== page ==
Technology goes together with every aspect of human existence, making its influence in innovations and creative forms of expression in Architecture unsurprising. Despite its impact and growing use around the world, it seems Nigeria has not caught up to this wave.

Since her independence, Nigeria has been regarded as a developing country, which makes one wonder just how much technology has impacted the AEC (Architecture, Engineering and Construction) industry. Whilst it can be assumed that the industry is as fast growing as the rest of the world, the progresses made pale in comparison. Therefore, it appears that Nigeria’s AEC industry is stunted in a “3rd world limbo” with a façade that mimics the rest of the world.

What really is the Progressive context?

Technology in Architecture goes beyond the introduction of CAD; which basically saved our lives from long hours of huddling on large sheets and the risks of accidents happening after the labour-intensive process- which was it, for the industry.

There are software that allow the experiencing of buildings and anticipation of potential problems long before construction begins. There is also the CNC (Computer Numerical Control) Technology that allows the production of intricate shapes, claddings, and 3D printing, by using a computer. Recently, the 4th dimension has been the rave with animated versions of buildings allowing a more realistic perception and walkthrough of the building.

The 3rd World limbo…

In comparison with the global trends, it appears that Nigeria has found herself in a “technological rut” with the lack of progressiveness. We continue to use methods obsolete in other countries, making one wonder how often stakeholders update themselves on current trends. How seriously do we take research and innovation without it being handed over verbatim from the West? We need to find answers and be guided to step out of this rut.

Unfortunately, these innovations are accessible and just haven’t gained enough acceptance. Professionals are simply satisfied with the bare minimum and familiar practices, with no new solutions or trends imbibed. Recycling and revamping the tired old designs and rudimentary methods; repeatedly simply won’t do!

I tried to find out what could be the root cause of this problem; perhaps, the education of the Architect? I wondered. It’s a head scratcher really.
In 2017, I co-authored a conference paper titled “Students’ perception of the use of BIM (Building Information Modelling) for Sustainable Architecture designs” published on the EduLearn platform. We conducted a survey set between two highly acclaimed schools of Architecture in Nigeria; a private university and a federal government university.

The result was astounding!

A whopping 88.8% of the architectural students from both institutions were aware of the tools available to them to achieve Sustainable Architecture, but barely 11% used it for that purpose. They used it for the basic drafting and 3D visualizations that could have otherwise been achieved manually; so, in my opinion, no big deal there. It did, however, point to a bigger problem; that the curriculum covered only the bare minimum, as it was the only part that would be required of them when they graduate and join the industry.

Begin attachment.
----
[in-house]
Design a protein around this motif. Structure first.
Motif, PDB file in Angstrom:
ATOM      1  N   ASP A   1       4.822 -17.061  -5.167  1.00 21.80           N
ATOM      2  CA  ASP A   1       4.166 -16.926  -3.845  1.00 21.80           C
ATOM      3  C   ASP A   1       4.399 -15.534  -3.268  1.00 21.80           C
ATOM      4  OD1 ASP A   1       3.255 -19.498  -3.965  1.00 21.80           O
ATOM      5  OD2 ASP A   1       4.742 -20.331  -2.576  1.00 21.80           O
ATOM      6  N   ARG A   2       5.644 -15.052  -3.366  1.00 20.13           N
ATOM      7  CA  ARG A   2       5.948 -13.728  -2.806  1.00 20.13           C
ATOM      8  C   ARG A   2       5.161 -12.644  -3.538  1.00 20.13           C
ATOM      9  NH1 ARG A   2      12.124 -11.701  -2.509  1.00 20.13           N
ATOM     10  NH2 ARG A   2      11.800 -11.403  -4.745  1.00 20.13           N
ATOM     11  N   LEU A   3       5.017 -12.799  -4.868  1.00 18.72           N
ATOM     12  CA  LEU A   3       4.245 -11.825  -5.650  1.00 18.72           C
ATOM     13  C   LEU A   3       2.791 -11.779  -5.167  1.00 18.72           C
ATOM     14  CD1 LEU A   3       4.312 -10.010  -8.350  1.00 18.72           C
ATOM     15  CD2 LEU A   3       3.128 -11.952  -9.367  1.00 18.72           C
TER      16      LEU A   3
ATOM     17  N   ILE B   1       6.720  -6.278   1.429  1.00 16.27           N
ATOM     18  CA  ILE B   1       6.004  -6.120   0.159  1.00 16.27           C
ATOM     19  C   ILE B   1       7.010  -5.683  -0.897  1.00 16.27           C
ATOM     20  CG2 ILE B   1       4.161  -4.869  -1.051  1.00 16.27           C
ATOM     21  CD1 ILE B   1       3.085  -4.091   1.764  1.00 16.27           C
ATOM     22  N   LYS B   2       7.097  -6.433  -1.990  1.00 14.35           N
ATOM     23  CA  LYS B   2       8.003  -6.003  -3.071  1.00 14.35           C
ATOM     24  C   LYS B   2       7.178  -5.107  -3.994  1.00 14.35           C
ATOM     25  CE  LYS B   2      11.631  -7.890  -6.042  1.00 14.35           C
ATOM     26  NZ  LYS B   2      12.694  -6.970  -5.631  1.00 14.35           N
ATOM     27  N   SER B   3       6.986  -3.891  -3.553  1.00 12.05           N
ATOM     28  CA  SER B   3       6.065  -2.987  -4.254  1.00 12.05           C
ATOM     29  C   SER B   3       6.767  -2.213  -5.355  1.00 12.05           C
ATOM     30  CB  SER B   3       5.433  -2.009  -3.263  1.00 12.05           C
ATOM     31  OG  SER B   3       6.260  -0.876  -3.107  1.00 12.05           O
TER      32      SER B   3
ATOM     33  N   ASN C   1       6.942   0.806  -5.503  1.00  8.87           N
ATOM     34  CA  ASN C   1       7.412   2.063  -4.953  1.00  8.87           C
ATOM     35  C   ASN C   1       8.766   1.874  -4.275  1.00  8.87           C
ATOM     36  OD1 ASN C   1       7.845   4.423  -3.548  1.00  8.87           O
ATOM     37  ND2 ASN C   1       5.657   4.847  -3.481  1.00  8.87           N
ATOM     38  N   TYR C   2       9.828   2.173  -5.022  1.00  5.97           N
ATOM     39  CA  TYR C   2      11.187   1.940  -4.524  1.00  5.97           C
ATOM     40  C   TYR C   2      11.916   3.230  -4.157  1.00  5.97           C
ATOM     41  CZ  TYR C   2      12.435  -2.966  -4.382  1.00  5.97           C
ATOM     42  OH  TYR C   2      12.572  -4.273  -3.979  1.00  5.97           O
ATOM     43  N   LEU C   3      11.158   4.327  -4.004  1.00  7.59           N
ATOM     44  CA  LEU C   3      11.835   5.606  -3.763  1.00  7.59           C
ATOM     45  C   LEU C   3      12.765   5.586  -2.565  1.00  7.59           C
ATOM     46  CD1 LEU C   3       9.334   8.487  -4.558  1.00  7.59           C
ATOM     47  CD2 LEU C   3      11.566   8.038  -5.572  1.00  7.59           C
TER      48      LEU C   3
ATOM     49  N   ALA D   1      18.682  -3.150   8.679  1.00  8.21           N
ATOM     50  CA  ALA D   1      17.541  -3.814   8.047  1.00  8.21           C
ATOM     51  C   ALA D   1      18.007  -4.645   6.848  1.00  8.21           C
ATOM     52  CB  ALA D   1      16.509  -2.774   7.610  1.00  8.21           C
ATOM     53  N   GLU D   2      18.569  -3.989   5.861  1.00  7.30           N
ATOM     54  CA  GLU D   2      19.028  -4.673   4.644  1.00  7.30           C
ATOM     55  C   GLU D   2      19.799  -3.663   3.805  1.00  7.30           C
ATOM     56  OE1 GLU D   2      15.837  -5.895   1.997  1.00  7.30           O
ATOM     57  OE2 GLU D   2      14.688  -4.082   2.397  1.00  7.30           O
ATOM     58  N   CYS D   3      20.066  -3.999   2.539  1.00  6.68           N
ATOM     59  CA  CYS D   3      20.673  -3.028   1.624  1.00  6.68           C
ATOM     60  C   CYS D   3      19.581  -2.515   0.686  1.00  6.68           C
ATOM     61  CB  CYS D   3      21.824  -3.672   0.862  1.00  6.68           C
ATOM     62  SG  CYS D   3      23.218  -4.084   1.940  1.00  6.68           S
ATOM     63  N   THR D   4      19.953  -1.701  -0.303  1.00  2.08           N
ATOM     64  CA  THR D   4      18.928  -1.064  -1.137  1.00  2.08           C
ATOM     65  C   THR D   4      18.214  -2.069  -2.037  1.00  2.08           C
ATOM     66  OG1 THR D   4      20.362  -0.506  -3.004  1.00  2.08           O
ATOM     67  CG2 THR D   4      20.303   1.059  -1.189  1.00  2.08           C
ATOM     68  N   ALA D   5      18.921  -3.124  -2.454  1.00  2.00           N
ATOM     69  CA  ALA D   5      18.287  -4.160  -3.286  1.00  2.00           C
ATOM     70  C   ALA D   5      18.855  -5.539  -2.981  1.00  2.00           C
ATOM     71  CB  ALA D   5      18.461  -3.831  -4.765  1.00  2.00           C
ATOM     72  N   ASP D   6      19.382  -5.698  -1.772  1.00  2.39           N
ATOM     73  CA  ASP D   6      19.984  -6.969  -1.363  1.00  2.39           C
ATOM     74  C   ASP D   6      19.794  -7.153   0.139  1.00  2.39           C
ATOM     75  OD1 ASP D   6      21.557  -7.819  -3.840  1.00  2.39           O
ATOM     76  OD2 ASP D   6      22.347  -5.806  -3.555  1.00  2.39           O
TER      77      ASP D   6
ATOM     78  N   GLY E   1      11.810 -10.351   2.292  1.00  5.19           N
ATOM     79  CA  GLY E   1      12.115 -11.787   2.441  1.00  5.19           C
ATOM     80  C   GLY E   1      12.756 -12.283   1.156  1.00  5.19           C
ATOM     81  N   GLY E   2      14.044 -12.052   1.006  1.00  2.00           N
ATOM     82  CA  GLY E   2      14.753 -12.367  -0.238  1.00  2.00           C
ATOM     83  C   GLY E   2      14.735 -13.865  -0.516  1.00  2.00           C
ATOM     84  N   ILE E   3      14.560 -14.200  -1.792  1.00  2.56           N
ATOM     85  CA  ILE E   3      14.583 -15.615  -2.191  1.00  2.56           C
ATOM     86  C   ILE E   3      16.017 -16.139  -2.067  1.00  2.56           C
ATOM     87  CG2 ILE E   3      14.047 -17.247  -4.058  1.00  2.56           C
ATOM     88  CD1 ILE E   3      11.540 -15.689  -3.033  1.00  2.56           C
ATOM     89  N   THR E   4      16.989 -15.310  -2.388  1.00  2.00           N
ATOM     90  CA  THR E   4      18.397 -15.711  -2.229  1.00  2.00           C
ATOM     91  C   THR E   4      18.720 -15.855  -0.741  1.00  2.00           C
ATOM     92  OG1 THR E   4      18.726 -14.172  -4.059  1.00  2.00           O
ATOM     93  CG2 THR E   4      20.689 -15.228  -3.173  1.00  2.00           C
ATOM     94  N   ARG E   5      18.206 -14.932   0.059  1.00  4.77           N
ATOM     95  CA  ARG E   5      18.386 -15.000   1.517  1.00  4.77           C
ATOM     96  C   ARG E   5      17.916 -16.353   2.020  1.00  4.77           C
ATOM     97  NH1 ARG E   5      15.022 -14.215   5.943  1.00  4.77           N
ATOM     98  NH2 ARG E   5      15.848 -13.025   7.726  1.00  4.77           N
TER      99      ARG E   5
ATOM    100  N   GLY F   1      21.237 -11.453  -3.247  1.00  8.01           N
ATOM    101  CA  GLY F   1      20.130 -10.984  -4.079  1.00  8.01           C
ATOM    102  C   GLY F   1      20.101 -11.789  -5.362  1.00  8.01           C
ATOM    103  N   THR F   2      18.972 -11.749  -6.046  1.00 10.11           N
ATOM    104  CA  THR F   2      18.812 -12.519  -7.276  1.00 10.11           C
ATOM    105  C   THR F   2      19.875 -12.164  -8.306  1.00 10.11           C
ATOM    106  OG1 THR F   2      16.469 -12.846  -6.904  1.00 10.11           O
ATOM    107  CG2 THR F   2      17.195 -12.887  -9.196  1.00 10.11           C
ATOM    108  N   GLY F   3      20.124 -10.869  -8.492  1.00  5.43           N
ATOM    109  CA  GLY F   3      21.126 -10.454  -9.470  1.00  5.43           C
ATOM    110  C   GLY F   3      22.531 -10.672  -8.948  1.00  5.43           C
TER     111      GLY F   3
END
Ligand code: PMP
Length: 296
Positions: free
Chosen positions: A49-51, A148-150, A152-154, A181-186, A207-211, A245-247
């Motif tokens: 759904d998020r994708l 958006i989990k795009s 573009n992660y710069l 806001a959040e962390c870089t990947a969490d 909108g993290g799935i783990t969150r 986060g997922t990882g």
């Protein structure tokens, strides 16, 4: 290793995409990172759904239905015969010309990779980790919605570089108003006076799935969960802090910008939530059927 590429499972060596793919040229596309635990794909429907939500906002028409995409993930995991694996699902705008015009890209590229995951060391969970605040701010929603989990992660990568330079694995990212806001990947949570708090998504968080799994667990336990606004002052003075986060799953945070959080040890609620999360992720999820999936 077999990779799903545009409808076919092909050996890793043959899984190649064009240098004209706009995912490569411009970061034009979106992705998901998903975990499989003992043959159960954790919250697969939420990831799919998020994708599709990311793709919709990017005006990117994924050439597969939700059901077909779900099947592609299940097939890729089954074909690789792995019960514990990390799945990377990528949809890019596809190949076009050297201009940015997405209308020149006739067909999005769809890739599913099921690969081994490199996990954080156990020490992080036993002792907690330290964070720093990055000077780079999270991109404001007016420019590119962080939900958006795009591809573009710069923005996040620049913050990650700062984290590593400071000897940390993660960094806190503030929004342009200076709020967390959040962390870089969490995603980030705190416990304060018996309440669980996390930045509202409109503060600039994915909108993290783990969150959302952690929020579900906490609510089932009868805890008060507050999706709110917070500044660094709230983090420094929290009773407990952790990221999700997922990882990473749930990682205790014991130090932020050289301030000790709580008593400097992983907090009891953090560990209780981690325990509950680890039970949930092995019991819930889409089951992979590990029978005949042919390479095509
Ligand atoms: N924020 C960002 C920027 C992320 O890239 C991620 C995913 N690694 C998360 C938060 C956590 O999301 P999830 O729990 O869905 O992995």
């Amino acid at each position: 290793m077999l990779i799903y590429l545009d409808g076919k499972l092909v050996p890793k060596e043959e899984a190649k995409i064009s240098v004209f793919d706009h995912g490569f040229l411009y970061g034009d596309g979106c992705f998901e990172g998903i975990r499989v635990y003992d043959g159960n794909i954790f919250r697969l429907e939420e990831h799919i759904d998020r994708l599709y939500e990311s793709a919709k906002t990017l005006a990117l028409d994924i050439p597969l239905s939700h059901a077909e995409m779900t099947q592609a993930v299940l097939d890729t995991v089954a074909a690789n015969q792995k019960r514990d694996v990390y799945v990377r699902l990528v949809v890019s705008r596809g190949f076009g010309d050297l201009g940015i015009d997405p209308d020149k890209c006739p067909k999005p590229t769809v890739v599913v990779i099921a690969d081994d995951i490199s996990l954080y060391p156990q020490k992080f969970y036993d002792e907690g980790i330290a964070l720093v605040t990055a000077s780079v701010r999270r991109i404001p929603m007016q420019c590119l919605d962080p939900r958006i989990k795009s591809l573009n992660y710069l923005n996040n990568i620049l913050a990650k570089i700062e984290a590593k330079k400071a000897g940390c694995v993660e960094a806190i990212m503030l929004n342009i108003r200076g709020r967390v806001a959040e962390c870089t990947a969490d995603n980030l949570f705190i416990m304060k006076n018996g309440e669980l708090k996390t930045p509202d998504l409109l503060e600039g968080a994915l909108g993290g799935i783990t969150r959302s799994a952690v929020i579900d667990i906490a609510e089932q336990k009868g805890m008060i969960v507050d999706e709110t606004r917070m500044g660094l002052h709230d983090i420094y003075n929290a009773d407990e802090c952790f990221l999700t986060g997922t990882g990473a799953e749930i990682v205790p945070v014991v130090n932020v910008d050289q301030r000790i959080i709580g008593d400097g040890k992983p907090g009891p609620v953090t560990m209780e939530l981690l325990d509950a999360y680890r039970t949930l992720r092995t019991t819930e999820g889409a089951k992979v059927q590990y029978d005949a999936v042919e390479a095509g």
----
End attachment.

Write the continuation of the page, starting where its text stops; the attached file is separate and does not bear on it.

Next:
How do we encourage innovation when the bare minimum qualifies you?

Assessing the education of Nigerian Architects helped shed light on the problem in a bigger picture. The undergraduates are not permitted to make use of computer technology in design studios until they reached advanced levels, whereas their counterparts in the western world have not only mastered the software available to them, they have begun to research and develop new and innovative ways to practice Architecture. The results of their research will then be enjoyed by the ones in Nigeria; who are left to self-education and online tutorials for access to it.

You would expect them to encounter problems in practice? Er….nope!

They end up working for firms that have been established by older, more experienced professionals who ironically are policy-makers in the facilitation of Architectural practice and education! They themselves don’t use it in their offices, why should it be encouraged in schools?

It is an endless cycle with only a small percentage attempting to break free.

Simply put, Nigerian AEC industry has been in a “Lucid dream state”. Admittedly, there is a level of awareness on series of innovations that can be achieved, with very few examples emerging here and there. Unfortunately, younger designers are continuously being stifled as some of them try to innovate as best as they can within this “dream state” they have found themselves. The older Architects discourage them with ideologies of it being done a “certain way”, the “Nigerian way”, “it simply will not work, it only works in places like UK and US”, etc. It is simply appalling!

I really hope things will improve, I really do. But it does not look like it would change anytime soon. Hence, I can categorically state that TECH has not manifested itself in Nigerian AEC industry. It simply is not enough to have made a mark… Access to innovations is limited and often outrageously expensive that the average Nigerian would much rather choose simpler, cheaper and very primitive alternatives that bring results that mimic rather poorly.

I certainly hope this isn’t you…